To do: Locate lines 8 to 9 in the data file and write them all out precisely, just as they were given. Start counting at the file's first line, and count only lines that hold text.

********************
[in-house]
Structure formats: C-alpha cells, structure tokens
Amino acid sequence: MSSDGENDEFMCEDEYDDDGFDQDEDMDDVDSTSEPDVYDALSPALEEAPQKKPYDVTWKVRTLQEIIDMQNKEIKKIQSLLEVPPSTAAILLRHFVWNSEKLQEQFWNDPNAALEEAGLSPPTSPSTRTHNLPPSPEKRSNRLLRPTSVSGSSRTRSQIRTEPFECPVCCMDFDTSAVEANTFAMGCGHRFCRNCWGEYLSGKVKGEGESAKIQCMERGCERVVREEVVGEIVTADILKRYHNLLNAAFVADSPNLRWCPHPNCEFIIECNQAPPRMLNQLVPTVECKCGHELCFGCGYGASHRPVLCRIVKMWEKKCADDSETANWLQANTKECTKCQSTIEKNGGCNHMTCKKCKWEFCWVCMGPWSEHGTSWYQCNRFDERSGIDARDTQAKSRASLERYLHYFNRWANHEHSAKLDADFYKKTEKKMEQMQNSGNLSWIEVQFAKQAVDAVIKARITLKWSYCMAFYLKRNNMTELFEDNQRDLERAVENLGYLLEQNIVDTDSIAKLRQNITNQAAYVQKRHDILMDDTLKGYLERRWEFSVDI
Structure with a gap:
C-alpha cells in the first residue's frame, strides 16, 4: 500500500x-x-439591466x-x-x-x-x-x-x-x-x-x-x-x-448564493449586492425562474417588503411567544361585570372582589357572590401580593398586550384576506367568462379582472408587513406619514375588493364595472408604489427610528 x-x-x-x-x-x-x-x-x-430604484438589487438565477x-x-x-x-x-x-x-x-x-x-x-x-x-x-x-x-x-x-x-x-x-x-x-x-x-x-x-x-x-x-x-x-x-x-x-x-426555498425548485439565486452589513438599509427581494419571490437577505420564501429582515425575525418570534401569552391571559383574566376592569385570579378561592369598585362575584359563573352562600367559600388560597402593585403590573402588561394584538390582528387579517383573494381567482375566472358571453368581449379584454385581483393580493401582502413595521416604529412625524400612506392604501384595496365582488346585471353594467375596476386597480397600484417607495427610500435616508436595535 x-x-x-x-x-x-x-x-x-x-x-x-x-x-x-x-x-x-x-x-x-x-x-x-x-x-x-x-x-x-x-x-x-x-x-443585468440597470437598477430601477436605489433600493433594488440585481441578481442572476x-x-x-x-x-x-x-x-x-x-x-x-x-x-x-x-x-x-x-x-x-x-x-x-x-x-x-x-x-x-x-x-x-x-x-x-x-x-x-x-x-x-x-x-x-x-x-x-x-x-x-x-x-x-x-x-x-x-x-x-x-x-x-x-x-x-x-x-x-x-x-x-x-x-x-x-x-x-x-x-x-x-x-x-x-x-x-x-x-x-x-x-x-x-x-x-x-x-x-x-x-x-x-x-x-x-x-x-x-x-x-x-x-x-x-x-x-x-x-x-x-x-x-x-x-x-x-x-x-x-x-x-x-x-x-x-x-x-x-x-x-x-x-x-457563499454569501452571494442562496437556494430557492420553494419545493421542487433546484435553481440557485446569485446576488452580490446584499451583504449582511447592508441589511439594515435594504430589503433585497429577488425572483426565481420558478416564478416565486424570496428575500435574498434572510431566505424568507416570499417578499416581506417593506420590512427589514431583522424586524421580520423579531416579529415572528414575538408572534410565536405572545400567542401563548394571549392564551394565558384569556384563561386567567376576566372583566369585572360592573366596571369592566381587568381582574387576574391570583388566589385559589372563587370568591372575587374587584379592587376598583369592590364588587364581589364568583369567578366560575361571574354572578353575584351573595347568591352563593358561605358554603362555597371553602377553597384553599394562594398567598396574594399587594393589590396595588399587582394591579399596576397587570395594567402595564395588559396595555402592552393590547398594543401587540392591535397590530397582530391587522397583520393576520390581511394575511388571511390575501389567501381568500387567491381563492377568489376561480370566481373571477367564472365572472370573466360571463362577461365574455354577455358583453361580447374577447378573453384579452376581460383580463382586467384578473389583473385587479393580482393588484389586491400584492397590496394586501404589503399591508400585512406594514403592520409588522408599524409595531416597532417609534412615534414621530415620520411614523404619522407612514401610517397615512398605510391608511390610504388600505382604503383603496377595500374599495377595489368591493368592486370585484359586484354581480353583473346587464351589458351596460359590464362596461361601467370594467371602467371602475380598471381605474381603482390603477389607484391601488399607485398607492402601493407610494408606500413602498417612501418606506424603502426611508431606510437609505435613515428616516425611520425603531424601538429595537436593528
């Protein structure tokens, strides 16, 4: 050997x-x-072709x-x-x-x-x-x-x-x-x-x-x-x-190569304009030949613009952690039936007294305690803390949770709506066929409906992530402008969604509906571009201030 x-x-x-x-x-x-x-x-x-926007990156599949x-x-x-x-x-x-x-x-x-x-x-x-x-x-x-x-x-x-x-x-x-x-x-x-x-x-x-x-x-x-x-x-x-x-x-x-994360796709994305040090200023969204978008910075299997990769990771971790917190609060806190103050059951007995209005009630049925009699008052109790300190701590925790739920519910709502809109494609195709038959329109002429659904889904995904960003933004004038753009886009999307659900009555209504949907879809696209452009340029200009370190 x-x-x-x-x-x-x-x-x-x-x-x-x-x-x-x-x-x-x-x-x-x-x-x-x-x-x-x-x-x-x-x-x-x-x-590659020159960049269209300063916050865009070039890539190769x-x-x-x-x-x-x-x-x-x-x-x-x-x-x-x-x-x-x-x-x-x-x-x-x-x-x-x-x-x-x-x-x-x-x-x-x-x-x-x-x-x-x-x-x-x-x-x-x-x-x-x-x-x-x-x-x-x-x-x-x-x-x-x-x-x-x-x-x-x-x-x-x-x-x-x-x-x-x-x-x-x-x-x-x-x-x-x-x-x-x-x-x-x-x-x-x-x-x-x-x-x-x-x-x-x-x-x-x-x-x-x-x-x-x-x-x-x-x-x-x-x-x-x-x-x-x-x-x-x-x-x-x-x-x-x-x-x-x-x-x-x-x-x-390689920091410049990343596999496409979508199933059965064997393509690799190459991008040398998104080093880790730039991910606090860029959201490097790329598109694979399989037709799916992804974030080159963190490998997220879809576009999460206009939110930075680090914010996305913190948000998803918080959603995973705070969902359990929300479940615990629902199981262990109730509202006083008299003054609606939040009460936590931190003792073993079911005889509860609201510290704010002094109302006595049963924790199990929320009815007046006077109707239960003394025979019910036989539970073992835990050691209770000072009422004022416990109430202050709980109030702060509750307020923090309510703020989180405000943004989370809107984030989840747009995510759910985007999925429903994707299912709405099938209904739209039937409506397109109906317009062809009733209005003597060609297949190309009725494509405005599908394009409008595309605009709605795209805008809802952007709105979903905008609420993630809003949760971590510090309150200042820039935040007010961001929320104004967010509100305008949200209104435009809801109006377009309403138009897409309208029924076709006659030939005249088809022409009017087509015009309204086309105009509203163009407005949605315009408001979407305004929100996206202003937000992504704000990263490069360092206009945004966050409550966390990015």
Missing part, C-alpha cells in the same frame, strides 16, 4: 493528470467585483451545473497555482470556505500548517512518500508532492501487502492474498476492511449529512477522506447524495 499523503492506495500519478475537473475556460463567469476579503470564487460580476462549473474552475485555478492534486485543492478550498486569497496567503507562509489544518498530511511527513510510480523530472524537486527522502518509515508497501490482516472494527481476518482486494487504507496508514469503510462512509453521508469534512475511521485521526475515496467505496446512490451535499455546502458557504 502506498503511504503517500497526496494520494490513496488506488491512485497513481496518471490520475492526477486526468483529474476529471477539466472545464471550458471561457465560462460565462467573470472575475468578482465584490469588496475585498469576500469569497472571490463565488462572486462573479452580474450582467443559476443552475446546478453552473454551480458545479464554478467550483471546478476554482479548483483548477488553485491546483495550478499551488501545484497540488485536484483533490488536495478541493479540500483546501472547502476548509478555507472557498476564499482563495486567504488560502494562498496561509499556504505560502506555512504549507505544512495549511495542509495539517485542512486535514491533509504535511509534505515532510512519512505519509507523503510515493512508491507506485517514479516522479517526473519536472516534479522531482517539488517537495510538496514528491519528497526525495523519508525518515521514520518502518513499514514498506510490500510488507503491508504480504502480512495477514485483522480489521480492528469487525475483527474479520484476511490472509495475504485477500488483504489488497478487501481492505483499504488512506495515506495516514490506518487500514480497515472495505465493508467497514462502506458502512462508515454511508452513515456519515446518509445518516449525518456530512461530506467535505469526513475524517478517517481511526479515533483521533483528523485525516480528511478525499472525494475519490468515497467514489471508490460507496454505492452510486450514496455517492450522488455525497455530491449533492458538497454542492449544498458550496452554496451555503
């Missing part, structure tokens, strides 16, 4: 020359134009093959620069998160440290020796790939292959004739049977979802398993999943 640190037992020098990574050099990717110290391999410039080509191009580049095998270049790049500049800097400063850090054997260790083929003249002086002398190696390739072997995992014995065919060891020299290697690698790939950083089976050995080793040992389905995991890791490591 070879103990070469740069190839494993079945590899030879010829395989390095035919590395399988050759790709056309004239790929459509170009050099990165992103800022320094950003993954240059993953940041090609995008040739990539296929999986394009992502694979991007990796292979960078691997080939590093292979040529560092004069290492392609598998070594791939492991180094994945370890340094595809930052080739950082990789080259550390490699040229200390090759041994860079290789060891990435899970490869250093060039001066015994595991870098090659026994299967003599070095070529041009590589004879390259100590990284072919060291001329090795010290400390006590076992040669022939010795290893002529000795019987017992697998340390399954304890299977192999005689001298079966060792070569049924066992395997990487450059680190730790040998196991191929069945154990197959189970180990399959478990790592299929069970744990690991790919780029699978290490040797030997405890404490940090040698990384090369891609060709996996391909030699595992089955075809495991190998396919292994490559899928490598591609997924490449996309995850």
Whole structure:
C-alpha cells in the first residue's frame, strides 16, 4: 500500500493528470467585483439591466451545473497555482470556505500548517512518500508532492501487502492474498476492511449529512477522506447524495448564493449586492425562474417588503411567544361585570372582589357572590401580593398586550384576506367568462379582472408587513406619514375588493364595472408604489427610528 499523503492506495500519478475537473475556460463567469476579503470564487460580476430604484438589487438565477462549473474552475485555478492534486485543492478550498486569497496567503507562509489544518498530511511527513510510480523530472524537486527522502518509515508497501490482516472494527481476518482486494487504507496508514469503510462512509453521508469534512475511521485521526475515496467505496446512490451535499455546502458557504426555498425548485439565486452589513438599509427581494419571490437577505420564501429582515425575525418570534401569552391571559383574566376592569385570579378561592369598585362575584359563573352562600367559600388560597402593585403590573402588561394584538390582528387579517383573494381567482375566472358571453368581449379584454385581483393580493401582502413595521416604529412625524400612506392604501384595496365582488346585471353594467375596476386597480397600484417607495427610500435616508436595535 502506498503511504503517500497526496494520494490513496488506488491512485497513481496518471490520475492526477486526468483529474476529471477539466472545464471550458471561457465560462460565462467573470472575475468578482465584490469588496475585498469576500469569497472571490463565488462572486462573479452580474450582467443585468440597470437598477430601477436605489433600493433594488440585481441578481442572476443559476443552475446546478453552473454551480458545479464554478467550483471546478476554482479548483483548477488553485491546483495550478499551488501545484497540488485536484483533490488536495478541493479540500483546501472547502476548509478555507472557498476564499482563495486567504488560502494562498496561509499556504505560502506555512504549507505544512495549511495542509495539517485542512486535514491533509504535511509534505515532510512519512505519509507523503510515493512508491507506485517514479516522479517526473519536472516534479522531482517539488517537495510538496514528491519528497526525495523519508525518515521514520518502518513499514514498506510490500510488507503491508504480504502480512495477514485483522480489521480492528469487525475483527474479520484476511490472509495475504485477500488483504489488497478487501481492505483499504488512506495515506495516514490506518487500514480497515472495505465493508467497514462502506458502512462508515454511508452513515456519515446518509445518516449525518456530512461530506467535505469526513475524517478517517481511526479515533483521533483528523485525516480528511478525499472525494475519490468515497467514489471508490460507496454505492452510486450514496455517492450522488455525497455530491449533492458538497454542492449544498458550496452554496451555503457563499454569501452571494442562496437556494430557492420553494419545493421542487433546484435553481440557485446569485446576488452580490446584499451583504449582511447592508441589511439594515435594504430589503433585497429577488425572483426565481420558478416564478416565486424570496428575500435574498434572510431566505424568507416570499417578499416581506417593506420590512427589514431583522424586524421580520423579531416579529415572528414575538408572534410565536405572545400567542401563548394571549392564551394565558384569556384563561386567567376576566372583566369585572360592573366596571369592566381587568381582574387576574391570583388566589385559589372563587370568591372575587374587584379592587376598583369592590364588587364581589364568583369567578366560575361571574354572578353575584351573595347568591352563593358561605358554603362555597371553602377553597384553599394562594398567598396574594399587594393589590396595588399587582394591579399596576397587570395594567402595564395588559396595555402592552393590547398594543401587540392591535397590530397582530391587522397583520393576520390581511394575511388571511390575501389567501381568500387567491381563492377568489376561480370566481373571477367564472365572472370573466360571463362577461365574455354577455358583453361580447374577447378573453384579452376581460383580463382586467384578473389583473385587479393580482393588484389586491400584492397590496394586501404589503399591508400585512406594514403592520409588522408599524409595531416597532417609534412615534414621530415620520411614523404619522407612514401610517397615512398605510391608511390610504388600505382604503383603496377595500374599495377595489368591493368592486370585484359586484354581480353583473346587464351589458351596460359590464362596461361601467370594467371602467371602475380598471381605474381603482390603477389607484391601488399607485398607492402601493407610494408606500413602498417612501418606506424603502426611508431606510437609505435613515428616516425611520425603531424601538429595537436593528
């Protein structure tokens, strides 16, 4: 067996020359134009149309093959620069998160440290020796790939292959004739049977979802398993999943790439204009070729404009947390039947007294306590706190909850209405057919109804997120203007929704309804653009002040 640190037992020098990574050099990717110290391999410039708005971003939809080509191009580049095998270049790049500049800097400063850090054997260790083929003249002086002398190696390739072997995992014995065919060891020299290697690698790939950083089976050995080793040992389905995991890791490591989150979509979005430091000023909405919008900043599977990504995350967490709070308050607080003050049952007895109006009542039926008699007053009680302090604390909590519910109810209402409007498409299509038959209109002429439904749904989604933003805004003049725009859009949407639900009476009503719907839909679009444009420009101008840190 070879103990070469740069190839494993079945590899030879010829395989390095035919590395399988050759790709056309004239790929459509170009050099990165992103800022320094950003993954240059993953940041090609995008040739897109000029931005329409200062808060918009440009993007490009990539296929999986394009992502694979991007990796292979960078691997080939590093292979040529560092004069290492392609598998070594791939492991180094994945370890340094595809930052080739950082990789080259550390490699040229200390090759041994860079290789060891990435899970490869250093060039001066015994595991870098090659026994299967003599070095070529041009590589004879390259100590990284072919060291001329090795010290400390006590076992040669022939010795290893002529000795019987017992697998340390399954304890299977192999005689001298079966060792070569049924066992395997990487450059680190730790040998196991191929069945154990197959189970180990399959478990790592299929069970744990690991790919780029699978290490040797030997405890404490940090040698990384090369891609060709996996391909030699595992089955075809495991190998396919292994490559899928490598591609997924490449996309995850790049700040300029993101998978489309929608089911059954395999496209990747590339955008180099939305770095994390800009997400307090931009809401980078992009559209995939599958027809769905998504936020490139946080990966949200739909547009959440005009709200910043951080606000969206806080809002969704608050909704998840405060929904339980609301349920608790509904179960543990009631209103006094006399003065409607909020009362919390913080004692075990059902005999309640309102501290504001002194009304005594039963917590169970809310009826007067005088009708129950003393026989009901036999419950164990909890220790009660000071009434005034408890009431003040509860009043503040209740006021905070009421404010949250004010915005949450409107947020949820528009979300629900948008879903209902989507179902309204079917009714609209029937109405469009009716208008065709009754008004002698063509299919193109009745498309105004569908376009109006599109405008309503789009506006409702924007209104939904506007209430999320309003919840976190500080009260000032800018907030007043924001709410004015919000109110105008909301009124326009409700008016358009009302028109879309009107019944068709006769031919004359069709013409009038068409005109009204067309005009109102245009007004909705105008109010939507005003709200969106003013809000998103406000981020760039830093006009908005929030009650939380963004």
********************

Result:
């Missing part, structure tokens, strides 16, 4: 020359134009093959620069998160440290020796790939292959004739049977979802398993999943 640190037992020098990574050099990717110290391999410039080509191009580049095998270049790049500049800097400063850090054997260790083929003249002086002398190696390739072997995992014995065919060891020299290697690698790939950083089976050995080793040992389905995991890791490591 070879103990070469740069190839494993079945590899030879010829395989390095035919590395399988050759790709056309004239790929459509170009050099990165992103800022320094950003993954240059993953940041090609995008040739990539296929999986394009992502694979991007990796292979960078691997080939590093292979040529560092004069290492392609598998070594791939492991180094994945370890340094595809930052080739950082990789080259550390490699040229200390090759041994860079290789060891990435899970490869250093060039001066015994595991870098090659026994299967003599070095070529041009590589004879390259100590990284072919060291001329090795010290400390006590076992040669022939010795290893002529000795019987017992697998340390399954304890299977192999005689001298079966060792070569049924066992395997990487450059680190730790040998196991191929069945154990197959189970180990399959478990790592299929069970744990690991790919780029699978290490040797030997405890404490940090040698990384090369891609060709996996391909030699595992089955075809495991190998396919292994490559899928490598591609997924490449996309995850």
Whole structure: